• Mark – I actually agree with you on “dependence on government is enslavement,” but maybe for a slightly different reason. I see us “enslaved” because of government inaction and because our representatives are more beholden to monied interests than they are to us. We vote representatives into office to do things on our behalf. That’s the nature of a representative democracy. As you said, if a politician’s chief aim is merely to get elected and re-elected his sight is short and narrow. But what exactly is government accomplishing on our behalf? A massive tax break for people who don’t need it with little or no trickle down effect? We have been bought and paid for but our break expires whereas the business breaks never do.

      Is there any reason for Mitch McConnell to have the control he does? He sits on legislation that he doesn’t like or that his lobbyists don’t like. Is that not “enslaving” us?

      I also see dependence of another sort: to unbridled capitalism. Is it really in our best interests to let insurance companies have free-reign over health care? Is there any reason we should be paying the costs we do for insurance and especially for drugs? I am NOT advocating medicare for all, no way, but not finding a way to insure everyone merely pushes the illness can down the road. When someone who has no health insurance arrives at an emergency room, who pays for their coverage? We do. That’s one reason our costs are so high.

      Is it really in our best interests to eliminate regulations that protect the environment just so a few industries can benefit? Again, all government is doing is pushing the decision can down the road.

      Is it really in our best interests not to join with other nations to combat global problems?

      I don’t know what the answer is, but one idea that should be considered is term limits. We limit the president to two terms because we want to avoid sliding into a dictatorship, but we have senators and representatives who make careers out of “public (cough) service.” They’re held accountable – by the monied interests that contribute to their re-elections.

      I don’t know what the answer is, but I don’t think Citizens United was a healthy decision.

      Thanks for listening.

    • Jeff, I intend to be listening to everything you say.

      I don’t think we have to get into the right/left debate here. All we have to do is agree that deliberately creating dependencies in entire segments of populations is sick and power-grubbing, especially when you’ve promised people in those segments anything they’ve wanted to hear — and they’ve believed you!

      We also agree that government is accomplishing nothing on our behalf. If we ever find the Constitution, people will sit in the House of Representatives for two years and get the hell out. They’ll sit in the Senate for six years and get the hell out. If it takes a Constitutional Amendment to mandate that, let’s do it.

      We will get exactly what we tolerate from our pals in Washington. And we’ll pay for all of it.

  1. Mark — I appreciate the intent of your article.

    I worked in the educational publishing space for 30+ years creating textbooks and technology for students and teachers. Our effort was, as one of our CEOs once described it “the artful blend of commerce and service.” The “artful” part was walking the fine line between what we knew we should say / had to say in our books – I worked for most of those years in the social studies dept – and what we knew we would sell. We were, after all, working for a for-profit enterprise. (Most school publishing enterprises are still for-profit.) I am proud that we never stooped to the depth that one of our competitors did by referring to slaves as “workers.” We actually pulled out of one large state adoption rather than compromise to a point where the truth would no longer have been the truth. I guess the offending passages in question would have been labeled “alternative facts.” Overall, I was proud of every book that carried my name.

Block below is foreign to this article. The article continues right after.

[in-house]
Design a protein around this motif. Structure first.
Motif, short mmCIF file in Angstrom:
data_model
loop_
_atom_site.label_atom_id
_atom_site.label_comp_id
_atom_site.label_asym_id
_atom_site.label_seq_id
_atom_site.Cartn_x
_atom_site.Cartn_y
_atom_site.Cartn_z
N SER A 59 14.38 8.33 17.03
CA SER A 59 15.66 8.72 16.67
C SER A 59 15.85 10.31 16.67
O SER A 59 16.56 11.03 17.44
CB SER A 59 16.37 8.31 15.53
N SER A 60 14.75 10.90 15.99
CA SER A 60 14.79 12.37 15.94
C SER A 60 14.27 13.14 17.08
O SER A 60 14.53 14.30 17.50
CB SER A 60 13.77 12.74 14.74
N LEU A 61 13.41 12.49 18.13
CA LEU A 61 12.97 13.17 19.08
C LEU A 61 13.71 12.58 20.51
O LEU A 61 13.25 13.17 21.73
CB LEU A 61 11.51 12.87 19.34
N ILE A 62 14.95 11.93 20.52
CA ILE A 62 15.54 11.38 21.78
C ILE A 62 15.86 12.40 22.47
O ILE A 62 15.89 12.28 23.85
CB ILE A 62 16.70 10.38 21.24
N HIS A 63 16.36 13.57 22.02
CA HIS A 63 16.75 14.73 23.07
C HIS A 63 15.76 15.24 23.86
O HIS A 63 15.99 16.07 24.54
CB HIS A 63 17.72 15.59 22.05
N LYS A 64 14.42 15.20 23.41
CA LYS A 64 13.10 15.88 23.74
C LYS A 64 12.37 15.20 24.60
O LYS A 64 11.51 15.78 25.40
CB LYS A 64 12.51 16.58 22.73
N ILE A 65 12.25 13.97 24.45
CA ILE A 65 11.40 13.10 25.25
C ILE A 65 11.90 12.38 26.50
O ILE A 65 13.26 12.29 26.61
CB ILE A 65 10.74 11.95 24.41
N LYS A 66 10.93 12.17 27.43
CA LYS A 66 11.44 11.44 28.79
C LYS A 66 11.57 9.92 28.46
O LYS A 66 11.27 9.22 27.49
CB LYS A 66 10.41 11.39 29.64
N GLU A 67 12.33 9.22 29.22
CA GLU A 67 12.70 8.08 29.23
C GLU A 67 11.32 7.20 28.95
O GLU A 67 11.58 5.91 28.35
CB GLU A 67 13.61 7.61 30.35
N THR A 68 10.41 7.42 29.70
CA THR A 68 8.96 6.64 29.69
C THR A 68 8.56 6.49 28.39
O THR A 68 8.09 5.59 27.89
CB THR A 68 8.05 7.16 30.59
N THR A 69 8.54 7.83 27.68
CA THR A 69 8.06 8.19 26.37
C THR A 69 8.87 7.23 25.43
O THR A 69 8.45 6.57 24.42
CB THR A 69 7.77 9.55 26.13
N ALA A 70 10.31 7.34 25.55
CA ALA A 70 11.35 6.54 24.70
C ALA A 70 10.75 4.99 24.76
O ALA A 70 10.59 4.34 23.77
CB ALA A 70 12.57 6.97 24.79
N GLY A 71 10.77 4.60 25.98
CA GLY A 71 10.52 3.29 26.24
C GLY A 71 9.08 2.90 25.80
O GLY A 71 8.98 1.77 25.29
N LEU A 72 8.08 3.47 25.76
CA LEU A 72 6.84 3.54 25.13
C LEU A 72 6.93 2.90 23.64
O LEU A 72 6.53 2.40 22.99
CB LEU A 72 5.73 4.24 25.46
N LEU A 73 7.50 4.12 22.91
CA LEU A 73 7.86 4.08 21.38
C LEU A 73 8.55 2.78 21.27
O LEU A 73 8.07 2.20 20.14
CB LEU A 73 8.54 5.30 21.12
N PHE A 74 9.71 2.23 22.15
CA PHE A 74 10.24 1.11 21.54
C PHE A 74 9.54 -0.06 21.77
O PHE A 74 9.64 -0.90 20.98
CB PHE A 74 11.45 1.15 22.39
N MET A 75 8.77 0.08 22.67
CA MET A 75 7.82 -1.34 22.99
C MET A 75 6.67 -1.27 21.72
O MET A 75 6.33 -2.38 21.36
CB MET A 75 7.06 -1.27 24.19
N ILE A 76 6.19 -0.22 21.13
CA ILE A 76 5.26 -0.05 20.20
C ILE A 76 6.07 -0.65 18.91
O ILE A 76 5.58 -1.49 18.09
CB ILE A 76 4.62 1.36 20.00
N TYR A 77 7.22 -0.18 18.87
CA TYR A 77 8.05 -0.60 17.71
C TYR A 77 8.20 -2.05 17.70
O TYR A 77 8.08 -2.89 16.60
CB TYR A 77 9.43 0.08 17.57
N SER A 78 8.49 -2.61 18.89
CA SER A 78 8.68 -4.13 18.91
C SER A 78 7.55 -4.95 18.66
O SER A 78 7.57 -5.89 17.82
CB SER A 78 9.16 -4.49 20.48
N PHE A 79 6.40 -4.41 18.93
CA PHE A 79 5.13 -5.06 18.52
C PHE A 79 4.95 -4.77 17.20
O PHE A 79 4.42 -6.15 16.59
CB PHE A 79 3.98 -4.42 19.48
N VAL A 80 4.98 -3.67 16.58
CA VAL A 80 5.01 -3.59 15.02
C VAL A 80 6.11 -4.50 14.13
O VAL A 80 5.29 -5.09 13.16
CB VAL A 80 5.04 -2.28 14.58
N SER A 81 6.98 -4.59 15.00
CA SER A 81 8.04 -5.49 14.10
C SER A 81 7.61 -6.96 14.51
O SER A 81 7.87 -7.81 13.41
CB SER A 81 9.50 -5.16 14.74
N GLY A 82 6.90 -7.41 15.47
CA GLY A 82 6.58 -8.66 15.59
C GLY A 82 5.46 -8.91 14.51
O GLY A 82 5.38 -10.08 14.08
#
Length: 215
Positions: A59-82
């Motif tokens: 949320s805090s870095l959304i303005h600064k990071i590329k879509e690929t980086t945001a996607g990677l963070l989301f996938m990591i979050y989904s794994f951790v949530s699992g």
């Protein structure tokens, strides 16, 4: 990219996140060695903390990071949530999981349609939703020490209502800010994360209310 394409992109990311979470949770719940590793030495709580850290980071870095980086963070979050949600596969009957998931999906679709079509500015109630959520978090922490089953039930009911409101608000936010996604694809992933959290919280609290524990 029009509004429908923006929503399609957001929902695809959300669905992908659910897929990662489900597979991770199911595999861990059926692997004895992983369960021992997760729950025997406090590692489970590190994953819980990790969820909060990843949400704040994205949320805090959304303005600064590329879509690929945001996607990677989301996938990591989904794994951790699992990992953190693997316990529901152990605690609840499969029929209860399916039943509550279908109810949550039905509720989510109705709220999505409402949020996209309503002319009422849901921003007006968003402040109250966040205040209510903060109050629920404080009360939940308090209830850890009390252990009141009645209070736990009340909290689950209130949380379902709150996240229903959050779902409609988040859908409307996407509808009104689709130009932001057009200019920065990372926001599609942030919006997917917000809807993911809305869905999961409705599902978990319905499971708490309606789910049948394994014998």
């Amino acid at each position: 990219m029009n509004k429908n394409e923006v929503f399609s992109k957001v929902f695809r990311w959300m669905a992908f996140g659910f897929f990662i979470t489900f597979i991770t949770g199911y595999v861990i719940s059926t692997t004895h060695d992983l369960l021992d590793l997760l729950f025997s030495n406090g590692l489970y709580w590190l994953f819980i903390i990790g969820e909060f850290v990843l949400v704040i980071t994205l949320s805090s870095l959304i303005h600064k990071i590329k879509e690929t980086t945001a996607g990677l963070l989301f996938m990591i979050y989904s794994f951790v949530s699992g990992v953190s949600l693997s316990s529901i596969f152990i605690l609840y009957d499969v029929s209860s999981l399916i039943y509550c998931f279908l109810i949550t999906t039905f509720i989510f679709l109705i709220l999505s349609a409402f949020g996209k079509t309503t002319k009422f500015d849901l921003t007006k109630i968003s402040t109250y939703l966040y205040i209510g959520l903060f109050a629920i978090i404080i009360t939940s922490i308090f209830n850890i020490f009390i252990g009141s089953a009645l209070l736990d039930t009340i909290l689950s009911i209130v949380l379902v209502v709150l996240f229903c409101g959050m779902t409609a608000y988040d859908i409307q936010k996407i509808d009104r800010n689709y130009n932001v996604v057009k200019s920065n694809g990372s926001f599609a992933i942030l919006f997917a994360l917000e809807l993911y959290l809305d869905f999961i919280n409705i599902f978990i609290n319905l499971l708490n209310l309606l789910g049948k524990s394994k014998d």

Most of the news media could also be looked at as the intended “artful blend” of commerce and service although I agree with you that some of the ones with which I’m familiar fail terribly in that regard. I have stopped watching one of the main cable networks because opinion and anger were paraded as “news.”

    Where I hesitate are with the phrases “largely” and “the media.” I am (sadly) not well versed in the content of EVERY newspaper, radio station, podcast, cable station, or other purported news outlet to know that they are “largely untrue, largely unverified, hugely subjective, and shamelessly slanted.” They might well be “largely.” I just lack the experience and knowledge to know for sure that they are those things.

    I worry, too, about the use of the terms “the media” or the “mainstream media” because they blur distinction. I read recently that “Fox News beats CNN, MSNBC combined in ratings,” but its “news personalities” label – nay decry! – other stations and papers as “mainstream.” One particular radio host has higher ratings still. Is he not then also “mainstream”? What then is “mainstream” but a pejorative label?

    I worry, too , about characterizations such as “major newspapers (the NY Times and the Washinton Post) to name a couple and many magazines that are feeding us the pablum of leftist socialism and inspiring social divide” that we don’t mention The Wall Street Journal or The National Review, the champions of unbridled capitalism and righteous conservatism. See, I can do it, too, but doing so doesn’t solve anything. I’m an avid reader of the NY Times, and I am anything but a leftist socialist! (Now I’m getting into your funk!)